If you do a little research on the Minnehaha County GIS you will see where the current SD Social Services building is sitting. That property is NOT owned by the state but an LLC called ‘State Partners LLC’. The listed business address for the LLC is 101 South Reid Street, Suite 201 which is the exact same office address of Lloyd Companies in Downtown Sioux Falls.

While the information I provided above is factual, the rest of the story is purely speculative.

So why would a developer who already owns a huge chunk of this property (there are other individual owners for the smaller parcels) want to sell it to the city which passes it back to the development foundation and potentially SECOG then turns around and pitches it to the very developers who sold it to the city to begin with?

I know, baffling, but you know there has got to be a catch.

Now for the speculation; It could be that the developer is going to make money on both ends – current LLC sells high to the City; new LLC controlled by developer buys cheap from SF Development Foundation, after one or both suck TIF money for the project (and various other grants and tax rebates they can conjure up).

The other reason for city involvement could be in order to facilitate a land trade – offer city park and greenway property in exchange for land on which a stadium and parking would be placed (sound familiar)?

I really have no idea what path this project is taking, but we have to keep a close eye on the players and the conflicts of interest if taxpayer capital is involved. Just like the Bunker Bridge the council will probably only have a couple of hours to decide on this project.

I will agree this will be a prime piece of land for development but not without many challenges.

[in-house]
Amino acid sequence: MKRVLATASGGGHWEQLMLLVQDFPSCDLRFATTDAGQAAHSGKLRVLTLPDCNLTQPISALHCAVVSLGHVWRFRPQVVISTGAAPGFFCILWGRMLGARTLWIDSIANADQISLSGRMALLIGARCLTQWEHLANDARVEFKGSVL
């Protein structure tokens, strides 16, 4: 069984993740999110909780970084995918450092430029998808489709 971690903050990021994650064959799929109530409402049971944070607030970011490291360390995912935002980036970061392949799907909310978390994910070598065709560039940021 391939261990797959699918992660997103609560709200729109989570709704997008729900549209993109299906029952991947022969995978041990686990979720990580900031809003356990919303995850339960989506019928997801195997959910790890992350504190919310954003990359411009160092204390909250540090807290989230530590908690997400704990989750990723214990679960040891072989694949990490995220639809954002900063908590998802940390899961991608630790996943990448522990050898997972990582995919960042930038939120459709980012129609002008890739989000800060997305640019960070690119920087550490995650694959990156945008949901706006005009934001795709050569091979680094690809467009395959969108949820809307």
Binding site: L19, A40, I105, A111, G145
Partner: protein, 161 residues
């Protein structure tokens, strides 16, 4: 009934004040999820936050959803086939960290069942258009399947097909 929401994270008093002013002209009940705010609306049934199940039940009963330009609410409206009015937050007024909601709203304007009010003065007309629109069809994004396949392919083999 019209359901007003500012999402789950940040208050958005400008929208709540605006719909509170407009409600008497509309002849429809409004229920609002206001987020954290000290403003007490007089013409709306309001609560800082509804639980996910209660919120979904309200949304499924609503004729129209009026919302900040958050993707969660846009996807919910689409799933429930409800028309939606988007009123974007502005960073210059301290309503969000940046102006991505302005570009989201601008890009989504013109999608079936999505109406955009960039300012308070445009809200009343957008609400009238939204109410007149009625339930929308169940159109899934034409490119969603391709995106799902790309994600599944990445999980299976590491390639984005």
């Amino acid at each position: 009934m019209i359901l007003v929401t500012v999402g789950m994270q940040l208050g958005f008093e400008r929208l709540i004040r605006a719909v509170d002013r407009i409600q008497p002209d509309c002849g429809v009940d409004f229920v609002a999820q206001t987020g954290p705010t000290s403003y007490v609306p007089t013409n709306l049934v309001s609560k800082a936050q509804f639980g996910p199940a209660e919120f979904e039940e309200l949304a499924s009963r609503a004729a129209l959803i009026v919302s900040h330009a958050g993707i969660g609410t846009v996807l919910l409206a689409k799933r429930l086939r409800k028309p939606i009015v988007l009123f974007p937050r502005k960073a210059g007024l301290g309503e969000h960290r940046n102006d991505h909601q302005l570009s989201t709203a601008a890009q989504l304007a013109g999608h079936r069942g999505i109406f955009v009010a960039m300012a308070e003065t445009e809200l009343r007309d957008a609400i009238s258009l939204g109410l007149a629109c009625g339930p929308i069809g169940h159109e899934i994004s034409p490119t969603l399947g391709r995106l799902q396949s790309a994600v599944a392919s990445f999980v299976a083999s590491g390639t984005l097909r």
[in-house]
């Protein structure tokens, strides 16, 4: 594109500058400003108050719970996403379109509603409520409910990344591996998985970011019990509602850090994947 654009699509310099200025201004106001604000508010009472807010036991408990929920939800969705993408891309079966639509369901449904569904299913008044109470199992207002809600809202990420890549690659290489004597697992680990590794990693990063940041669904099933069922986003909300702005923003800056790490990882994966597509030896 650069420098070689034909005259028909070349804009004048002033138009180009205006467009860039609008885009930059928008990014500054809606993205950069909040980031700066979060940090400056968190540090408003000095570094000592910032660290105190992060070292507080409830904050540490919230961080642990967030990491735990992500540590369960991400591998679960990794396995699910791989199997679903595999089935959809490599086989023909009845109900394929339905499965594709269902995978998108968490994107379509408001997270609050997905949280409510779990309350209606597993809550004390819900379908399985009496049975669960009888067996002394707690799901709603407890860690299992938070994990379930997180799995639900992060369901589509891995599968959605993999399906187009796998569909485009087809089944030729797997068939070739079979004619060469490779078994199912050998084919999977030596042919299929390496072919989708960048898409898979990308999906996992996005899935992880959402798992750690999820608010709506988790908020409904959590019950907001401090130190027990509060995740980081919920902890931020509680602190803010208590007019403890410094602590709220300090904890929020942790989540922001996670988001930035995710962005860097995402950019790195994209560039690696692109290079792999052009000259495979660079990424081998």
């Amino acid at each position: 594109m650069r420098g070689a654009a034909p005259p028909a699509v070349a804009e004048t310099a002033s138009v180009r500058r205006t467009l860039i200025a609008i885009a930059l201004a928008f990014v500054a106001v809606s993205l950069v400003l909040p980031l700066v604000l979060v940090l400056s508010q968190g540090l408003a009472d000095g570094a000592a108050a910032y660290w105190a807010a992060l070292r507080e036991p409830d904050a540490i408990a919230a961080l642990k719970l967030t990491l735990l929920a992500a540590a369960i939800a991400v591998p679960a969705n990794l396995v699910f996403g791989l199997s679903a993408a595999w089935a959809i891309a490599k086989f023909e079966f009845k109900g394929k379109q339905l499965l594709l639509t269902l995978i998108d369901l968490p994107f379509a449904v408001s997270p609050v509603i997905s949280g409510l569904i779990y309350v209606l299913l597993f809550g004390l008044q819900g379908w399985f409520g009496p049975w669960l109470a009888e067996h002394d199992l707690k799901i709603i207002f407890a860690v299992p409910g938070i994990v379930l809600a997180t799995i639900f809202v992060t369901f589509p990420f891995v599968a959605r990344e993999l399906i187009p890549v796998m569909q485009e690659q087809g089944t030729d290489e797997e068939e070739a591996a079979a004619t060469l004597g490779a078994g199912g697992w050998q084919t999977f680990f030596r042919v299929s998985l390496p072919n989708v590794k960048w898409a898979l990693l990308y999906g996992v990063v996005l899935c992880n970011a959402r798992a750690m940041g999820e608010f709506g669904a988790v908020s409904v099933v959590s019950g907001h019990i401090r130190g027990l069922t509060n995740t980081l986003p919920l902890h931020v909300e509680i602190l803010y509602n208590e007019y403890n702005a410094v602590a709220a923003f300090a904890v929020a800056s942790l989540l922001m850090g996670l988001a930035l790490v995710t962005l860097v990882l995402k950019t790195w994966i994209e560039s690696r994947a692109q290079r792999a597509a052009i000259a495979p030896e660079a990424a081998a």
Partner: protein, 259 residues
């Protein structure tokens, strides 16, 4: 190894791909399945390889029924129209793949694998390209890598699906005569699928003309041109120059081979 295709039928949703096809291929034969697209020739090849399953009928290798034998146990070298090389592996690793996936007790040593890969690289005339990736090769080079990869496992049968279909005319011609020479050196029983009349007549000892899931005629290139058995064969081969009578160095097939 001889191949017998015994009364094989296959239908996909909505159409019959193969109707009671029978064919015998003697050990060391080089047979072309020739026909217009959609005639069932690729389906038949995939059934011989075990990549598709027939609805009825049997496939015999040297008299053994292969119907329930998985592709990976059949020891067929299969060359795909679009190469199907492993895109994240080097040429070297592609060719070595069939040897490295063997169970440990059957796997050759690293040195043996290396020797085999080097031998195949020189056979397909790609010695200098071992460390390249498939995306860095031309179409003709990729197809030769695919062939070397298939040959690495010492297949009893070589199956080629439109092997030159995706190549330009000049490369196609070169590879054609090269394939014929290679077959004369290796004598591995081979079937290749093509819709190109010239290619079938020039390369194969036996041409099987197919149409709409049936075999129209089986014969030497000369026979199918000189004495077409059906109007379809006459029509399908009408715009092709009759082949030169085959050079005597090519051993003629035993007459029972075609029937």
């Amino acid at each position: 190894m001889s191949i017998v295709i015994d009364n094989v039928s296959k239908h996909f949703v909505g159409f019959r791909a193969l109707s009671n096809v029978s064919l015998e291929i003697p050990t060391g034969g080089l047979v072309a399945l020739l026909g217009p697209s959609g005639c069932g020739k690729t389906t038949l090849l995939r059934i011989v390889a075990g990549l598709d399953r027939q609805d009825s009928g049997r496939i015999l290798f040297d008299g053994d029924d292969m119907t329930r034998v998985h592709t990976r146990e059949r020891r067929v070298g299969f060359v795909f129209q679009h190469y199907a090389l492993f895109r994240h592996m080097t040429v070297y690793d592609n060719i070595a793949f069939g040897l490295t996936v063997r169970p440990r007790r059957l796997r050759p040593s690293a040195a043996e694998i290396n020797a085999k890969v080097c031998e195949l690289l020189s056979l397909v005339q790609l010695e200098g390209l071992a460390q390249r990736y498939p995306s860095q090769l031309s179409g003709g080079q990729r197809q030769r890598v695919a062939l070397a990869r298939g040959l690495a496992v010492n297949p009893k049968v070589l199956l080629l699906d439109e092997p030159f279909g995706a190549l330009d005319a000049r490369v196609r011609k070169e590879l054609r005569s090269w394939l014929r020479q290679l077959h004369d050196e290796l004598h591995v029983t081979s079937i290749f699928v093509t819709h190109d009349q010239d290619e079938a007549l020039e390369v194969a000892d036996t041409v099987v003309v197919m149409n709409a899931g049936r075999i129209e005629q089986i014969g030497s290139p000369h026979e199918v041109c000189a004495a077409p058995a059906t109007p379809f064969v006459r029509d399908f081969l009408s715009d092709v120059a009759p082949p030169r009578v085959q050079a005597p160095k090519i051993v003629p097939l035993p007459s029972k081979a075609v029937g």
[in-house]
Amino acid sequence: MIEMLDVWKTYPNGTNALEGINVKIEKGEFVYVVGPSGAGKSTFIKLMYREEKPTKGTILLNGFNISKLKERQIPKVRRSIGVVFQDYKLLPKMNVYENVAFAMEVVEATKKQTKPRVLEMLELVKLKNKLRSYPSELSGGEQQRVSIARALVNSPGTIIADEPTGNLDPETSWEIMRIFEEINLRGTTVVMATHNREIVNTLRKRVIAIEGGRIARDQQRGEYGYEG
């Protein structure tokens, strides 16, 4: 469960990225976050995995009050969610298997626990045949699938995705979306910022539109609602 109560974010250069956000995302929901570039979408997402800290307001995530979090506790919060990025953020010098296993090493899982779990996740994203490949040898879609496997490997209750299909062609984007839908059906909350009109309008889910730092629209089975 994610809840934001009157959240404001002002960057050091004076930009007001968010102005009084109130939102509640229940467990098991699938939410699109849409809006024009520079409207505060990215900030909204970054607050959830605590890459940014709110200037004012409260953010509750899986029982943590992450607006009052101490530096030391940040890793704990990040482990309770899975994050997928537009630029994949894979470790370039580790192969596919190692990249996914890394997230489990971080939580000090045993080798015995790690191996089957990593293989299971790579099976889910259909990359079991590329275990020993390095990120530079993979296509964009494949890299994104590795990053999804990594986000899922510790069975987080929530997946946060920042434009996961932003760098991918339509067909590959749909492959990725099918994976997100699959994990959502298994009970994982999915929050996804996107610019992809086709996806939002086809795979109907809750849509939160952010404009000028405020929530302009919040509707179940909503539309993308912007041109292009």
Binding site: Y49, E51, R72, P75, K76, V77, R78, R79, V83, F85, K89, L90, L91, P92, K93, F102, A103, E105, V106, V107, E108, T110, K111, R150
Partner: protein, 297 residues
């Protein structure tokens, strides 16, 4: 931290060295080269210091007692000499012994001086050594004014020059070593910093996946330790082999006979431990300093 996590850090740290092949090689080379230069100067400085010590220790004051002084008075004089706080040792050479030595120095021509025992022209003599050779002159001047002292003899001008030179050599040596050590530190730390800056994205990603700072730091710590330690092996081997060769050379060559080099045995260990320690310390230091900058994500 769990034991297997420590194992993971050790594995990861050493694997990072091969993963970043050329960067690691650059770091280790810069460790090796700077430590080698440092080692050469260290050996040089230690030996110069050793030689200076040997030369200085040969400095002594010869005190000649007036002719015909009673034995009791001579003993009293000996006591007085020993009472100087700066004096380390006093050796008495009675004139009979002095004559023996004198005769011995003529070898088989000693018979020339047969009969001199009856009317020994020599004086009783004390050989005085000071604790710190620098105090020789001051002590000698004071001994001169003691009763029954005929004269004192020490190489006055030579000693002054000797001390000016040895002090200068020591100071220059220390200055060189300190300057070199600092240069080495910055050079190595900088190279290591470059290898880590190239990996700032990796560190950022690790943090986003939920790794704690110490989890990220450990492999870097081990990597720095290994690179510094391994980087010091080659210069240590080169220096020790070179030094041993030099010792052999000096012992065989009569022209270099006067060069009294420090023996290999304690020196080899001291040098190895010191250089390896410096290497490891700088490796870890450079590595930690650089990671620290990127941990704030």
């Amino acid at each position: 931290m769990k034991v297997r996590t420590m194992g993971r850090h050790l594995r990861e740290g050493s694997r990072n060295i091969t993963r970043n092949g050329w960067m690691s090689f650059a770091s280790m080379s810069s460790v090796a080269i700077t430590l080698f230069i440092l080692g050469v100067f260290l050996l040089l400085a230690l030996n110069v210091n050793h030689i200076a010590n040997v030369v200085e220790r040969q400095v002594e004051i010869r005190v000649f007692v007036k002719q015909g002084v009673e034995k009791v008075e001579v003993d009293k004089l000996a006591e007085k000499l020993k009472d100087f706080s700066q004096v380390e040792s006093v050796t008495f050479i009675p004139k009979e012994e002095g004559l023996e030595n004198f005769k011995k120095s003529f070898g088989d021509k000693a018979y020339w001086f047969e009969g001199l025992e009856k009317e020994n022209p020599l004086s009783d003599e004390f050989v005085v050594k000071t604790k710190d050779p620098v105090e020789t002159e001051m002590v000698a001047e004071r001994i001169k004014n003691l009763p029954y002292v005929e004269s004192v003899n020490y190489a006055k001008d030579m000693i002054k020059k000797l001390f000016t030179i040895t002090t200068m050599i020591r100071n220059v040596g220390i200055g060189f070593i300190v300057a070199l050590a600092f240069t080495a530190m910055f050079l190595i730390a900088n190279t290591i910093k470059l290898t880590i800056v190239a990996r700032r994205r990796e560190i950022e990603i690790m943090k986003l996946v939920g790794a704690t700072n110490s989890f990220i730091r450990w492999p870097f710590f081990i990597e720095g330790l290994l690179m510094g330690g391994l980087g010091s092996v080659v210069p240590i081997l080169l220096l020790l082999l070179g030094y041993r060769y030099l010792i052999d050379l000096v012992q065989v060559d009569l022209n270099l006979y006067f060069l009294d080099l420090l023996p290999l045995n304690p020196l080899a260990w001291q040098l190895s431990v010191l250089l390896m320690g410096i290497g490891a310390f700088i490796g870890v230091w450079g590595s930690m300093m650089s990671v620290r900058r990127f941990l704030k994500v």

The one thing it doesn’t need to be is another play palace or baseball stadium. This city has plenty of recreation opportunities. Heck, right across the street (Fairfax) there is a swimming pool and a future skatepark. I would even suggest we build a playground in the Northwest corner of Nelson Park.

As for ‘amenities’ does this area really need more restaurants, bars and shopping opportunities? Not at all, it is surrounded by dozens of restaurants and only a short distance from a grocery store and Lewis Drug.

I would suggest filling the area with affordable and workforce housing constructing hundreds of units that are studios, 1-bedrooms and 2-bedroom flats for younger folks just getting started in the workforce.

But it will need to be propped up;

TenHaken said it is “very likely” the city will ultimately purchase the land, though, and will then decide on negotiating sales or leases to private developers.

That is not his decision to make alone. While he certainly can negotiate (we saw how well that went with the 6th street Bunker bridge) the ultimate decision comes to the council. I know I will regret saying this, but this would be a great place to have a TIF instead of just a buyout from the city. The city could come in and use the TIF to build up all the infrastructure needed to put in such a large housing project, or take an even more daring approach and skip the TIF all together and just budget for the infrastructure taking out the tax rebate equation all together. If Riverline gets the investors and proves they are secure the city can hold up their end of the bargain by preparing the property with sewer, water, roads and other utilities without expensive TIFs and land purchases it would simply be a line item in the budget.

When we pay our 2nd penny in Sioux Falls it should be going towards infrastructure. There is absolutely NO reason the city needs to get into the real estate or tax rebate business on this one. It could be a lot easier then concocting deals. We provide the infrastructure the private investors provide the housing.

Often when there is development in Sioux Falls, anywhere, I ask ‘What is the benefit to the average citizen?’ We are often told that new development helps build up the tax base, but every year we continue to raise the property taxes on 3 levels (county, city and school). If all this development is increasing our tax base, why do we continue to raise taxes? Because of all the play palaces we are subsidizing.

There is ONE benefit to taxpayers, especially those who live in the area (I live 4 blocks away) if any kind of housing is to be put in this area it will border one of the most active and LOUDEST train tracks in the city. The trains are going nowhere. We would need to build a quiet zone in this area in order to make the housing work. I should know, I hear the train whistles all hours of the night since this is the most active thoroughfare.